Strategy preferences

While there are large and growing numbers of investors seeking to invest in natural resources, they differ considerably in their investment preferences, with only 6 per cent of those that have expressed a preference investing across all five natural resources strategies. Fig 2 shows, as might be expected given the relative size of the energy market, that the majority of investors in natural resources that have made clear their position either invest, or are considering investing, in energy (95 per cent). A substantial proportion of investors would invest in timberland (66 per cent), metals & mining (58 per cent) and agriculture/farmland (53 per cent). Interestingly 40 per cent of investors currently invest, or are considering investing, in water – a significant proportion for a fund strategy that has only entered the mainstream comparatively recently.

Sources of allocations

When it comes to portfolio construction, a relatively low proportion of investors have a separate allocation to natural resources as an asset class (17 per cent). The majority of investors make investments from broader allocations, with investments most frequently being considered part of the investor’s real assets (26 per cent) or private equity (19 per cent) allocation. The source of allocation chosen is also linked with the range of strategies invested in as there are significant variations between these strategies and how they are viewed by investors.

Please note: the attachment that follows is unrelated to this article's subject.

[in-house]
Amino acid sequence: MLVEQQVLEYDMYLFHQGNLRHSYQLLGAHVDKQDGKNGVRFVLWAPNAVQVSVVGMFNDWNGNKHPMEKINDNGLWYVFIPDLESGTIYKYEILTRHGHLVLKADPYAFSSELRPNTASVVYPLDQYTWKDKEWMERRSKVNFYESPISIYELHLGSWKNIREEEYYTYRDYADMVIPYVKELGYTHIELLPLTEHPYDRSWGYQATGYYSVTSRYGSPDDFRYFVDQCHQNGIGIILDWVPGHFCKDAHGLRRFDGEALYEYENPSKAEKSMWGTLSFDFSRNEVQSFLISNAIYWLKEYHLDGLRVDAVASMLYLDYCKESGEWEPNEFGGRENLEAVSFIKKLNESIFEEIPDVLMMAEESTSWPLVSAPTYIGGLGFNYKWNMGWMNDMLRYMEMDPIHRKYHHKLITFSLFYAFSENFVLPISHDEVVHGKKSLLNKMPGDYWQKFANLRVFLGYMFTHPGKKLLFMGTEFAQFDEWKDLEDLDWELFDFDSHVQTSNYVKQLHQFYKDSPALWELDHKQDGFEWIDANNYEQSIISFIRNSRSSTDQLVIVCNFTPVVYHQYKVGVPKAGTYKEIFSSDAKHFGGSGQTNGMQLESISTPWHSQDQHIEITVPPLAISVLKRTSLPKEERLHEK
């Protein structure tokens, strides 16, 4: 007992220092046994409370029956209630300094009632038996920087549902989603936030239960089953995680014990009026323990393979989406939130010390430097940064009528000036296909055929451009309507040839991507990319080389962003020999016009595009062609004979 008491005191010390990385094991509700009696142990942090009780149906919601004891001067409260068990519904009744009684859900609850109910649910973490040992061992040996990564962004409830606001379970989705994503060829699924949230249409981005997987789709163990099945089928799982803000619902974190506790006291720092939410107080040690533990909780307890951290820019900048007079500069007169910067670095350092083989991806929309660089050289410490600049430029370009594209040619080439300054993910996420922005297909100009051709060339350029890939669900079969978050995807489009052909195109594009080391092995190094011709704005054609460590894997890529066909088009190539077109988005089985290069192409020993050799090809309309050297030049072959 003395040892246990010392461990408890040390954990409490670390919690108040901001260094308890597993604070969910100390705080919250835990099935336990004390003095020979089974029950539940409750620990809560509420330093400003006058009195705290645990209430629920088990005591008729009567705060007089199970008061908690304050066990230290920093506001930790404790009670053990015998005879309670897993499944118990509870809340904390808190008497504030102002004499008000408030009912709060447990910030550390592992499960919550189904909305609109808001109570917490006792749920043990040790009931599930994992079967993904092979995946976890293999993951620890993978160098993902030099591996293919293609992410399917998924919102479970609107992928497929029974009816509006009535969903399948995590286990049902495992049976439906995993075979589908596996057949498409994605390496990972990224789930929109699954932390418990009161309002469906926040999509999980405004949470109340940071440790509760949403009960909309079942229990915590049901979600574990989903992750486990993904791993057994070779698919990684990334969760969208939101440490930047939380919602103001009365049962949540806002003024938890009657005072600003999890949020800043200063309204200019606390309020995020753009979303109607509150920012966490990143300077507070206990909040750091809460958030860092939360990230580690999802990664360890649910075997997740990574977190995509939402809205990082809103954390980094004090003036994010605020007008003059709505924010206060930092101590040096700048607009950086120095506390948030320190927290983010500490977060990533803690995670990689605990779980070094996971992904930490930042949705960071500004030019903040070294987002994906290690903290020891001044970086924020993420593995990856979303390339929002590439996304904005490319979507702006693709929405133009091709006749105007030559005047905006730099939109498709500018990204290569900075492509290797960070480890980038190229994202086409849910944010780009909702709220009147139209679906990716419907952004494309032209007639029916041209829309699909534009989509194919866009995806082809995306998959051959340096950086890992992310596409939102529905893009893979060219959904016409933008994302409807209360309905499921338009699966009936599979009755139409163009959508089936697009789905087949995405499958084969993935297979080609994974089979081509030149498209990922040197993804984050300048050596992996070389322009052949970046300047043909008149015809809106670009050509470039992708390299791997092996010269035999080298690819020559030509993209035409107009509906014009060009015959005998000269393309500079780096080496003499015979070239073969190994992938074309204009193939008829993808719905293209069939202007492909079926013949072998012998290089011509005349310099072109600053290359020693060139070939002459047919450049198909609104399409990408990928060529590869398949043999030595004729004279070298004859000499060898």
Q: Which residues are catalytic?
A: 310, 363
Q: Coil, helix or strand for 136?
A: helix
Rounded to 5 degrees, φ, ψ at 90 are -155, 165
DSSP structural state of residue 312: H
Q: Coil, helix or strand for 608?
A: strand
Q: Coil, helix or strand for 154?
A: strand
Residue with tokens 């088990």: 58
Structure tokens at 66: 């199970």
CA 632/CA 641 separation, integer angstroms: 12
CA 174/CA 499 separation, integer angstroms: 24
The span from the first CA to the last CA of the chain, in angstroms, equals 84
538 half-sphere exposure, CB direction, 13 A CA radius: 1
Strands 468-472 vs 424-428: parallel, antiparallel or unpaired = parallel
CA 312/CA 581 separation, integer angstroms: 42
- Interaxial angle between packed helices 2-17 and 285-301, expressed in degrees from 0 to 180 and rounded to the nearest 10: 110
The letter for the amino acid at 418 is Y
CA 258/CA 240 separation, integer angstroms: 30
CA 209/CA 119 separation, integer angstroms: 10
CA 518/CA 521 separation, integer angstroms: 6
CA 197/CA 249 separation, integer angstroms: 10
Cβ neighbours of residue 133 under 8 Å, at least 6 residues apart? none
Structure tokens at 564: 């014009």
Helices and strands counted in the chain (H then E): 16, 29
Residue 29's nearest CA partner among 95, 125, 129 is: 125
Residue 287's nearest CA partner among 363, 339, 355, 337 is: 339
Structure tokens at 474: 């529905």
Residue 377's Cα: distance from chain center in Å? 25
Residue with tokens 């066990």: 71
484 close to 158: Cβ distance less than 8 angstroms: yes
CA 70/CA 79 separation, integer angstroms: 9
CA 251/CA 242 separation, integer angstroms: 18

Fig 3 shows a breakdown of investors’ sources of capital for each individual strategy. Comparatively few investors maintain an individual allocation to each of the strategies; this is most common with timberland, with 9 per cent of investors maintaining a separate allocation to the strategy. Investors treat agriculture/farmland, metals & mining and timberland in a similar manner, mostly viewing these as part of their real assets, natural resources or private equity allocations. Substantial proportions of investors in energy and water regard these as part of their infrastructure allocation, with 18 per cent and 34 per cent of investors in energy and water respectively making investments from their infrastructure allocation. This could reflect the opportunity to gain exposure to the performance of these sectors by investing in infrastructure projects such as pipeline construction and operation.